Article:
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Tuesday links


  1. MamaLiberty
    MamaLiberty January 29, 2013 6:53 am

    We know the sociopaths in power WANT to ‘track us” in every way possible. We must remember that it is imperative to deny them the power to use it – or anything else to control others.

    Yes, finding new technology and methods to confound the tracking will be good and necessary in the meantime, but that’s can’t be our whole effort.

    We must kill the roots of this malignant cancer. And keep killing it each time it sprouts anew, as sadly it will.

  2. Matt, another
    Matt, another January 29, 2013 7:44 am

    I believe the “due process” is simply a beauracrat deciding to put someone on the hate/kill list. The courts, congress and voters seem happy with it.

  3. G.W.F.
    G.W.F. January 29, 2013 7:59 am

    Wow….”Denying Firearms and Explosives to Dangerous Terrorists” that is rich. Doesn’t the US government have about the worst record in history of picking the wrong side and end up arming future terrorists?

  4. Matt, another
    Matt, another January 29, 2013 9:54 am

    I’ve been thinking about that “mere firearms aren’t enough.” It is a theme I have heard discuss by liberal colleagues. Goes along the lines of we don’t need “assault weapons” because the military has jets and artillery, dones and nukes etc. I call that deafist B.S. I doubt the U.S. will nuke your house. Might nuke your whole city, but if things are that bad you should of already bugged out. The U.S. deployed Main Battle Tanks, Aircraft, Artillery, Armed Drones, etc to Iraq and Afghanistan. The U.S. did kill a lot of people, but they were sucessfully opposed by farmers and shop keepers with small arms. AK-47 (real full auto versions), some light and medium MGs, a few RPGs and the IED in its many versions. The difference is the will to fight and even keep fighting when everyone else says you can not win. If it is worth fighting for you keep fighting even through privation, starvation etc. Most times it is the side willing to hold out the longest that survives. History is full of examples of peoples that survived slavery and genocide because they decided to fight an unwinnable war.

    That said, a lone patriot defending his single house against dozens of black coated gunmen probably won’t last very long. Numbers do count. That same patriot with just small arms suitable for a militia will last a lot longer if his tribe, neighbors, community joins in the fight to defend freedom. To survive we will have to break out of our individualist molds and fight together. Quantity has a quality all its own.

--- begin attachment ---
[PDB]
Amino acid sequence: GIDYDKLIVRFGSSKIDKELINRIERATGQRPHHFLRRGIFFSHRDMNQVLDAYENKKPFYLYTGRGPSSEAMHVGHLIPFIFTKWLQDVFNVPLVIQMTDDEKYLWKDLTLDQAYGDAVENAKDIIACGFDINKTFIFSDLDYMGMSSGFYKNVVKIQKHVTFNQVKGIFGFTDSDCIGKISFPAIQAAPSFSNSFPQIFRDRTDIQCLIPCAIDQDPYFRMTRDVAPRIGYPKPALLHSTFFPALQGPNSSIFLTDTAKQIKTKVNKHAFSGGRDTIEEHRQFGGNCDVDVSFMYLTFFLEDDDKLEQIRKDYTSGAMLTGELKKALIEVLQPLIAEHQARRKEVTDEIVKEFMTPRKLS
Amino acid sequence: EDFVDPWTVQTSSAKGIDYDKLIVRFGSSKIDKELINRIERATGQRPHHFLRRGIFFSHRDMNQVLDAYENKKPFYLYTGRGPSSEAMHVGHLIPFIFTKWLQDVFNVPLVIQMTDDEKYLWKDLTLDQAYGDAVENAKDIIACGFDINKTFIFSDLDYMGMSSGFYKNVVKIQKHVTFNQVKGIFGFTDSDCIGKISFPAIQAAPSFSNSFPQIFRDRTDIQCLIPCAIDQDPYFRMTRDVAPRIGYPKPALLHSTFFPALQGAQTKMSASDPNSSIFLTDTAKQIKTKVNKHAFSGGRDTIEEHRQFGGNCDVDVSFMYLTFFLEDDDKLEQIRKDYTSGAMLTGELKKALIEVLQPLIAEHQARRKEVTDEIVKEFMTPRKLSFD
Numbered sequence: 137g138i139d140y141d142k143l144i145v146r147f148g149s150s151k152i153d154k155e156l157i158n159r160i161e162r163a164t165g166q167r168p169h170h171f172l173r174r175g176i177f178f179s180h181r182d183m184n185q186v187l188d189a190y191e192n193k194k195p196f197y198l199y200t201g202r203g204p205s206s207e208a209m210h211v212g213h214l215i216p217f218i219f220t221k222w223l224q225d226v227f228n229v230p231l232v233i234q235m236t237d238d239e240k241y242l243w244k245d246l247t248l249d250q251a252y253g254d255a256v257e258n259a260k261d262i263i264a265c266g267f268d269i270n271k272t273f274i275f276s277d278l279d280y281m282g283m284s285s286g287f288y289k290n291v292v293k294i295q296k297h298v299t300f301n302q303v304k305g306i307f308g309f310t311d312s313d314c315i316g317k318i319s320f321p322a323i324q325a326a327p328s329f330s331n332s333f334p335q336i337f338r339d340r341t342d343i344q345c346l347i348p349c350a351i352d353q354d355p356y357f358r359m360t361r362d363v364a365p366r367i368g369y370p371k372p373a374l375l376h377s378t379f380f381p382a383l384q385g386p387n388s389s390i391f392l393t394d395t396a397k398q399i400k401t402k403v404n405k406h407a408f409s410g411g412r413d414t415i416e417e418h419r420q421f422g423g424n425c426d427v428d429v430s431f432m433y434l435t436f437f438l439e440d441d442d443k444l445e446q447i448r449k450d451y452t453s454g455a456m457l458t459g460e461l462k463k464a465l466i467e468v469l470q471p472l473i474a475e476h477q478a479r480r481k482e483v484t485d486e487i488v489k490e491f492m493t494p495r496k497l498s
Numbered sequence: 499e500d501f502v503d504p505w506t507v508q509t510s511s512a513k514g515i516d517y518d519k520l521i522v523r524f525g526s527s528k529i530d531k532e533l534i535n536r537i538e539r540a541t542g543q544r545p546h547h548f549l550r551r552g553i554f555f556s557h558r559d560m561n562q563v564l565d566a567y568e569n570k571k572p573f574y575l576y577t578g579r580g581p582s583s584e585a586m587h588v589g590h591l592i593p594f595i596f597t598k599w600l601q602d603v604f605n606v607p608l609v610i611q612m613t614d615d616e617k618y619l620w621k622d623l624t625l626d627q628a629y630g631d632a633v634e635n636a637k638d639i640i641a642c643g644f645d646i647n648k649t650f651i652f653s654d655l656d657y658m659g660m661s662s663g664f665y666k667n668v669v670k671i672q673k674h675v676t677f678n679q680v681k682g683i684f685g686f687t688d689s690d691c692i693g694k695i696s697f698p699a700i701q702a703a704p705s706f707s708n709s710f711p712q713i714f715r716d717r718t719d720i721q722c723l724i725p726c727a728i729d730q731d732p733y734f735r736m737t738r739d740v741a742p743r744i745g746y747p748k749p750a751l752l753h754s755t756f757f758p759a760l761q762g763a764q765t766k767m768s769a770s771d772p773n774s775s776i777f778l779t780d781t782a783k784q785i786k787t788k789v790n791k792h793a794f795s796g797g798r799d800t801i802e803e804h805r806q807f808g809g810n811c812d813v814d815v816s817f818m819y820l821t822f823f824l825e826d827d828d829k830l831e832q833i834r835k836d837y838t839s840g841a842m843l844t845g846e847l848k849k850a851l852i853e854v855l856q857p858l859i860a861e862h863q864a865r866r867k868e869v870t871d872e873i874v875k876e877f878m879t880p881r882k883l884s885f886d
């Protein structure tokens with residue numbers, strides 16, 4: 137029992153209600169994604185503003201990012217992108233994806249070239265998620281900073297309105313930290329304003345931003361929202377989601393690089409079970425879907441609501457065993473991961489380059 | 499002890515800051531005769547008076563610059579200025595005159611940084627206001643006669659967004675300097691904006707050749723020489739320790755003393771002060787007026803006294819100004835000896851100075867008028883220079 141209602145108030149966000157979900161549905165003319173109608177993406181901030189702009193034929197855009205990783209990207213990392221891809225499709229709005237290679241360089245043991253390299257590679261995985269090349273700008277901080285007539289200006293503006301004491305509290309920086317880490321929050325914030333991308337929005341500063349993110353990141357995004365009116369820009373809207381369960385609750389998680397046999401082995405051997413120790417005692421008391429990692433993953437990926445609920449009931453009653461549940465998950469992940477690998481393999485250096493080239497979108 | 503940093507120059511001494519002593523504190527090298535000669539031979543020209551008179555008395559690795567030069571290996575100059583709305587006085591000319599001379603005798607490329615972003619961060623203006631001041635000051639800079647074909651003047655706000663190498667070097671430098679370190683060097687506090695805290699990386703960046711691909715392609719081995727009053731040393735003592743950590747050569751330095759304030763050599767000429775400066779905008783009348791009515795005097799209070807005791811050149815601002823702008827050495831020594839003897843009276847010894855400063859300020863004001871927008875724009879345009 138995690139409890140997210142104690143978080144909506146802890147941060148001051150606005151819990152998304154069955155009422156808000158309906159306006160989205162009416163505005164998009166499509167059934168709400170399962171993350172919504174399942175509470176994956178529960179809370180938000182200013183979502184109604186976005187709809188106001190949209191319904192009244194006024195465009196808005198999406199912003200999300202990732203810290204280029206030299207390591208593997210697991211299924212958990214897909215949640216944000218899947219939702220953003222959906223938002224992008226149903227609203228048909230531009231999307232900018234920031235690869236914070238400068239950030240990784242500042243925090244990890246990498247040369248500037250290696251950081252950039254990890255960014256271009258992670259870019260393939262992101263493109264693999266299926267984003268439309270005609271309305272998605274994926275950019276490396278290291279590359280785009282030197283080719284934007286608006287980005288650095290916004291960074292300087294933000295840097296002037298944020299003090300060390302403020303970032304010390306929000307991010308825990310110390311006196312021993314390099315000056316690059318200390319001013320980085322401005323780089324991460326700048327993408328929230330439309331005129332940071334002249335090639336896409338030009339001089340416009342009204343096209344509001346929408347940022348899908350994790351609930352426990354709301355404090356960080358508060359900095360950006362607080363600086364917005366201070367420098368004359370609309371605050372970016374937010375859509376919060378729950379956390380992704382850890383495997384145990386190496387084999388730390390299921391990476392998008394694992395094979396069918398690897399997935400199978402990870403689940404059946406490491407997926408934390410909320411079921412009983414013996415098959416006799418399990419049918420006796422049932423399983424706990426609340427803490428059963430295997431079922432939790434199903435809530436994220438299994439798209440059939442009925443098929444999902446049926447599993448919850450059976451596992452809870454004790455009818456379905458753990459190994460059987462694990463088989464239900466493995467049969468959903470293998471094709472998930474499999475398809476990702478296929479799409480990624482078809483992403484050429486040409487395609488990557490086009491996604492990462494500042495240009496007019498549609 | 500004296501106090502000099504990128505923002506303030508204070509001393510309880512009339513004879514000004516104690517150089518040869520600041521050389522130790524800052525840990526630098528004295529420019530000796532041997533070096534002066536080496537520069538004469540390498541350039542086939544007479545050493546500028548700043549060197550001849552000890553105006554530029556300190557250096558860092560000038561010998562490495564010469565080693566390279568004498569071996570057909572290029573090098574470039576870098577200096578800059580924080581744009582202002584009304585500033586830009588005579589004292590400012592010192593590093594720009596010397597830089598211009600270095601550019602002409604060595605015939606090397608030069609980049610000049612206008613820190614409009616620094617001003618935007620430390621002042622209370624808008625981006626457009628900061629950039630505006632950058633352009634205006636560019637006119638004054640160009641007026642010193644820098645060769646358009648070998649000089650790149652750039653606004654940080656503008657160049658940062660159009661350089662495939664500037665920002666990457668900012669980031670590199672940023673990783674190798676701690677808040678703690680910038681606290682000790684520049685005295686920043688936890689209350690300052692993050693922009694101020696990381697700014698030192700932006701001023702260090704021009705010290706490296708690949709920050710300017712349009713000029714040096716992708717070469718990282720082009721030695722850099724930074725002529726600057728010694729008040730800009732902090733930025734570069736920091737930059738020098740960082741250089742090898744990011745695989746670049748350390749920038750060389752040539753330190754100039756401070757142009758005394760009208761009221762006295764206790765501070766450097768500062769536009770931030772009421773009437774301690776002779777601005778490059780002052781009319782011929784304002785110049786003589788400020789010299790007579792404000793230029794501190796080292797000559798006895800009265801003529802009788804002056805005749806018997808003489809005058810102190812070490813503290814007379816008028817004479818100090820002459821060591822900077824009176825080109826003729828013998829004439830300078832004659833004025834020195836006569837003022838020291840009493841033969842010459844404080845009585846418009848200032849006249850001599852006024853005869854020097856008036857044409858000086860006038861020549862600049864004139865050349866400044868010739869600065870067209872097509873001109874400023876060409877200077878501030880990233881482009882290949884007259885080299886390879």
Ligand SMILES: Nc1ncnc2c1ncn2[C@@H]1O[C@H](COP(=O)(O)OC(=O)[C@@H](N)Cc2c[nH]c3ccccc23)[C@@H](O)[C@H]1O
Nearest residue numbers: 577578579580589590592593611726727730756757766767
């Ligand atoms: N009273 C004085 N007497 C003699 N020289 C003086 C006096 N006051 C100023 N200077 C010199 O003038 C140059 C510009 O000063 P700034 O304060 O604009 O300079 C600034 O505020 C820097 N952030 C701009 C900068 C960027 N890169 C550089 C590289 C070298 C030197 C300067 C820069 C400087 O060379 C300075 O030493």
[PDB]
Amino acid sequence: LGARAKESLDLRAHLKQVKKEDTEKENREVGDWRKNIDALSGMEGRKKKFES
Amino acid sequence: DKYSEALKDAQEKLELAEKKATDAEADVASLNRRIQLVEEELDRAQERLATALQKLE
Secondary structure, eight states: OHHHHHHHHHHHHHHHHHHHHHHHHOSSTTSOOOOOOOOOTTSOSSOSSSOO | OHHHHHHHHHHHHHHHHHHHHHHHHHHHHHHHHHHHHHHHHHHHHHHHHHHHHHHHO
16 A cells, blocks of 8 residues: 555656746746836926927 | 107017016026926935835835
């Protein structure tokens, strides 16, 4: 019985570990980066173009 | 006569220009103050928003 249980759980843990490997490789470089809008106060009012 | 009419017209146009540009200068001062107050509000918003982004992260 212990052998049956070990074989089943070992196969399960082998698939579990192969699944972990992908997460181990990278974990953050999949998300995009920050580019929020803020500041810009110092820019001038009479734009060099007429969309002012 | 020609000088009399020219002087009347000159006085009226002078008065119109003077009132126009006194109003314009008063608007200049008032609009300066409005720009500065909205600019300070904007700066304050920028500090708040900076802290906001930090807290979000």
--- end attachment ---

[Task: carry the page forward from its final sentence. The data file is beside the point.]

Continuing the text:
5. Pre-press veteran
    Pre-press veteran January 29, 2013 12:25 pm

    Matt, another – I’m reading “Invisible Armies” (It’s a really long book…), about just such guerilla tactics, through history. Most of ’em never achieve their goal… and some of them have even repelled Napoleon. Success is even measured in simply denying the success of the invading or occupying army — Afghanistan is a good example of this. First Alexander, then the British, Russians and now the US have failed to “win the hearts and minds” of the populace. At tremendous cost to the Afghans, themselves.

    One interesting tidbit of information, is that the more successful attempts have migrated toward a more organized military structure… a hybrid of guerilla tactics with the comms, discipline, logistics, and strategies of traditional standing armies.

  6. Matt, another
    Matt, another January 29, 2013 1:15 pm

    Resistance is also helped by having the enemies of your enemy providing ammunition, better quality arms, food, sanctuary etc.

  7. David
    David January 29, 2013 1:27 pm

    I canceled my subscription to BWH back when Dave Duffy started cheerleading for the war in…hmm…I think it was Afghanistan? I got the impression that family was involved but still didn’t want to pay for more of it.

    On the tracking-people front, I don’t think it’s possible to turn back the clock. We might have to hope for a “mutual assured destruction” scenario, where it becomes…gauche?…for folks to call attention to one another’s peccadilloes. Though getting there promises to be a wild ride.

  8. Aaron
    Aaron January 29, 2013 2:36 pm